In this issue
Fire Service Institute helps rural areas find water supplies for firefighting
A fire in North Washington - a northeast Iowa community of 107 residents, an elevator and several other businesses - could be disastrous. There is no public water to supply the community's fire trucks. There is no water tower, only private wells and the Little Wapsipinicon River at the edge of town. Sometimes these water sources would be accessible, if the pumper could get close enough and there were enough hose to reach deep enough into the river. Many times they would not be available sources for firefighting.
This scenario is repeated across Iowa, in small rural communities, in areas where small rural housing clusters are springing up, and as more rural businesses are established and large livestock confinements become more abundant. Iowa State University Extension's Fire Service Institute is helping groups of fire departments like the North Washington and Chickasaw County fire departments find a way to solve this need for a water source.
"George Oster and Mike Cherry of the Fire Service Institute came to Chickasaw County and trained us on dry hydrants," said Ken Rasing, Chickasaw emergency management coordinator. "We had three people from every department in the county and two neighboring departments trained. We learned how to assess fire risk areas and determine the best site for a dry hydrant, and about hydrant installation, use and maintenance."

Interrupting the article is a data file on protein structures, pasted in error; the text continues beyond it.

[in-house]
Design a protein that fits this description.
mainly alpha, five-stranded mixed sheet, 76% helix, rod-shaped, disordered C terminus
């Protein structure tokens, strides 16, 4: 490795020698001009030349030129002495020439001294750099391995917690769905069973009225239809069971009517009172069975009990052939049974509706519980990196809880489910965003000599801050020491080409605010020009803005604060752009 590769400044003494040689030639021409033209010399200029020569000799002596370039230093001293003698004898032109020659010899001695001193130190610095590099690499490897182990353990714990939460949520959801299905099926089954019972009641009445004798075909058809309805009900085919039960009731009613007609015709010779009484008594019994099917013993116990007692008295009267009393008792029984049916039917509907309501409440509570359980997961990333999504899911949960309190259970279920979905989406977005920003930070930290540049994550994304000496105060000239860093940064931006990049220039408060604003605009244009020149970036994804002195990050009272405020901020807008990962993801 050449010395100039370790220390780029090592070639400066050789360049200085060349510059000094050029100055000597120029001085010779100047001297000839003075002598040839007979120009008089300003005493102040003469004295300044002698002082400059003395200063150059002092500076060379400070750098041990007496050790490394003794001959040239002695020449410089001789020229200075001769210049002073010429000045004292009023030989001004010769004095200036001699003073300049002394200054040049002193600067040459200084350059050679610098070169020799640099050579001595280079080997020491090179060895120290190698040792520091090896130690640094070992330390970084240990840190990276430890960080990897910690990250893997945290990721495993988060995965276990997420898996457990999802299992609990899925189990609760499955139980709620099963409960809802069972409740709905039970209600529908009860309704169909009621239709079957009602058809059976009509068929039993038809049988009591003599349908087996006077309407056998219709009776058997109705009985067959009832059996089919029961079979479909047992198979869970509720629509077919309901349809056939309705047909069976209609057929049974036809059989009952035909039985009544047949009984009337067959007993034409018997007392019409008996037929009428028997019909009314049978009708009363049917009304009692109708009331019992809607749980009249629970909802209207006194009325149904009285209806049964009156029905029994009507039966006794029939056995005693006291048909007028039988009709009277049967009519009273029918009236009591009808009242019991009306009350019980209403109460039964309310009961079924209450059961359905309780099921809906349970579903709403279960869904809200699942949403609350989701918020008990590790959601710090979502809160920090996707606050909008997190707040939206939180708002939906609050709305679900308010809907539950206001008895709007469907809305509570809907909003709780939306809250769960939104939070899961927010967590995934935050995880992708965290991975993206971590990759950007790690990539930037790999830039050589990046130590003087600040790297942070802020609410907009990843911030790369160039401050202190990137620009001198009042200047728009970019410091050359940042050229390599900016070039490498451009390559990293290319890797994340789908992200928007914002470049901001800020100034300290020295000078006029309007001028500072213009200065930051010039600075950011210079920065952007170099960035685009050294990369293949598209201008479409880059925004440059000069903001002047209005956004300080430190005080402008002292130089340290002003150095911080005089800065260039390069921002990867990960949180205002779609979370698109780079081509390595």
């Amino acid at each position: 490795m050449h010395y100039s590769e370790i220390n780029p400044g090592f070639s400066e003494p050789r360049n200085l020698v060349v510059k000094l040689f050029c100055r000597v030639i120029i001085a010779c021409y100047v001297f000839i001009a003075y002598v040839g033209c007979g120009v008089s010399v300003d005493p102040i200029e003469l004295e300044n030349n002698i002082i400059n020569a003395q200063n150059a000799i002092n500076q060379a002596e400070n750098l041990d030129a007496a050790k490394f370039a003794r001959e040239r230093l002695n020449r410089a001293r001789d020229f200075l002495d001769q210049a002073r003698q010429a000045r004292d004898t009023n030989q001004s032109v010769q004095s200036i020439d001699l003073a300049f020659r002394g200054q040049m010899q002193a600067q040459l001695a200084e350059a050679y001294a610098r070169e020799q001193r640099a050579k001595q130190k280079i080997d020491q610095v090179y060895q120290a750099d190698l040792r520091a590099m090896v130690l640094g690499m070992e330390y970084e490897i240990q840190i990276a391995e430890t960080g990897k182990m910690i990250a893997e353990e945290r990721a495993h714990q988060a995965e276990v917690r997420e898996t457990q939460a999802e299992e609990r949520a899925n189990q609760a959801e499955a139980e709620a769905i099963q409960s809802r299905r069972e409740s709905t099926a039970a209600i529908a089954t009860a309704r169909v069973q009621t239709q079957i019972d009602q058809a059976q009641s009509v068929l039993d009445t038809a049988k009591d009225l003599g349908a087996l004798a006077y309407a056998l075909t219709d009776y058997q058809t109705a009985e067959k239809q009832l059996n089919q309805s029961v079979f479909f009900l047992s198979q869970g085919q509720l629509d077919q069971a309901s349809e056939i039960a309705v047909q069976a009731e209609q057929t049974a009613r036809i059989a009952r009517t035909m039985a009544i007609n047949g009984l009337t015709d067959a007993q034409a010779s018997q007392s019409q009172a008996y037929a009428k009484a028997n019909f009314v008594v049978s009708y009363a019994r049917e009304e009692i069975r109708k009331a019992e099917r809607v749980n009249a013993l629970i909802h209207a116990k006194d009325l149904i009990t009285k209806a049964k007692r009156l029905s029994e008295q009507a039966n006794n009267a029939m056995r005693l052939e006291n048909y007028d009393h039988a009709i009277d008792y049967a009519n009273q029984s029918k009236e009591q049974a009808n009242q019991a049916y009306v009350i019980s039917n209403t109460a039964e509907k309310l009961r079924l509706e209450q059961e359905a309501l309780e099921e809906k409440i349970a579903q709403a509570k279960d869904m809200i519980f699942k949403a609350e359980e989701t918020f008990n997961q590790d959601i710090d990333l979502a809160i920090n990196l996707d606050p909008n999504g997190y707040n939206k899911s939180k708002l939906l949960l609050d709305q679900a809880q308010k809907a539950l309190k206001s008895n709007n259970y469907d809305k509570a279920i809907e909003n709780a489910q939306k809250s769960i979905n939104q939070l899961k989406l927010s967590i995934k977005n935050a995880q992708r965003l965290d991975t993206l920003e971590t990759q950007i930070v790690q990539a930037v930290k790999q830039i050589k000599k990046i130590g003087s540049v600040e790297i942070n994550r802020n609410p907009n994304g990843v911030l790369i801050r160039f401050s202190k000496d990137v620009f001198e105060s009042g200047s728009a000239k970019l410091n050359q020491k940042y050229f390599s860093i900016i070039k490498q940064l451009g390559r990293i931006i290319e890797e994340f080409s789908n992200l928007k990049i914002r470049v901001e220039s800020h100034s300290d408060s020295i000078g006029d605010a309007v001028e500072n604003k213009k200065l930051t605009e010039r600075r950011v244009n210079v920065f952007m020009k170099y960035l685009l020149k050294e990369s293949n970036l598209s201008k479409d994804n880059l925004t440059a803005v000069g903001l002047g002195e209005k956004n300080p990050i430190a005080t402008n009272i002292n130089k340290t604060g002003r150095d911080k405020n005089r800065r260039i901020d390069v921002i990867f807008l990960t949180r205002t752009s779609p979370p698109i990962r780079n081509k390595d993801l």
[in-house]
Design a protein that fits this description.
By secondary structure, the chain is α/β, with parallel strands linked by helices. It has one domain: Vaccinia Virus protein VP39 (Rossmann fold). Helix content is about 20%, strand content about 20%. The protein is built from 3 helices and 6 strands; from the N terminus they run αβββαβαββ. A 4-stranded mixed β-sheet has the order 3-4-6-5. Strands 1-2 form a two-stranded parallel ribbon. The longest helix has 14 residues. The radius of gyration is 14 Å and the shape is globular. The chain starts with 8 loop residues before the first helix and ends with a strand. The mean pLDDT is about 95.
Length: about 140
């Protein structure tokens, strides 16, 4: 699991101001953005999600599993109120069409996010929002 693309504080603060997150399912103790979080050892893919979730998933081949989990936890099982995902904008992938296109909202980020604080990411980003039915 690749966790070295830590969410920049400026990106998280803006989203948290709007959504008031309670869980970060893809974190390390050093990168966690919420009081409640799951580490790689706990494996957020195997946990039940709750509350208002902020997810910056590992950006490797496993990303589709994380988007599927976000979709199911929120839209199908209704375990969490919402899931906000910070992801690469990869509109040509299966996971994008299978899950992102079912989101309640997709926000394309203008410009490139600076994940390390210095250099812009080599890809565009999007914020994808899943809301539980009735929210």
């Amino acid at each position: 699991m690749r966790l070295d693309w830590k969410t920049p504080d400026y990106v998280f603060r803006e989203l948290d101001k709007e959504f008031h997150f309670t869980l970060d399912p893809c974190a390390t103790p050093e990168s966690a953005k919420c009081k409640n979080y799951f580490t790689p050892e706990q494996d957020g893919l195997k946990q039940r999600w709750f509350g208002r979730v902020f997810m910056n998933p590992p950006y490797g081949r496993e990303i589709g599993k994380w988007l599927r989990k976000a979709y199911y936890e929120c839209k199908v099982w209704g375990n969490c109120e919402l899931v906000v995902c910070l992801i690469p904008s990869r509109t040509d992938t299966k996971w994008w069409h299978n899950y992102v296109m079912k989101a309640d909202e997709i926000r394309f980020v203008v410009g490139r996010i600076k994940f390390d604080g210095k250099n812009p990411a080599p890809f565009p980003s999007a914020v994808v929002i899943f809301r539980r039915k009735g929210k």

The Chickasaw County group was one of 26 Iowa groups to apply for some of the $100,000 appropriated by the 1998 legislature to purchase, install and train staff in the use of dry hydrants. Those dollars are being awarded to groups that are working in a collaborative effort, that will be trained by the Fire Service Institute or a like training entity and can provide 25 percent match of cash or in-kind dollars.
"The county fire chiefs determined that North Washington was our highest risk area six years ago," said Rasing. "We felt the same way after our Fire Service Institute training. Six years ago there weren't any funds for installing dry hydrants. Now that there are, we have made that area our top priority."
Dry hydrants are a way of providing large volumes of water to tankers at a fire scene in areas not served by water mains. Water is carried from existing lakes, ponds or streams in a simple system of permanently installed non-pressurized pipe, up through the ground, coming out as a two-foot piece of PVC pipe with a screw cap where a fire hose can be attached when needed.
The North Washington fire chief, Roger Tiemessen, is excited about the plans for the new dry hydrants near his community.
"The Fire Service Institute training helped us understand the importance of selecting an ideal spot to install the dry hydrant," said Tiemessen. "We learned to figure the water needs of the community, and how to assess the creek's flow, bottom and accessibility so we can place the hydrant in a location that will serve the department for many years."
The Fire Service Institute has scheduled training
sessions for eight groups and plans to keep working toward
helping rural areas have adequate water supplies for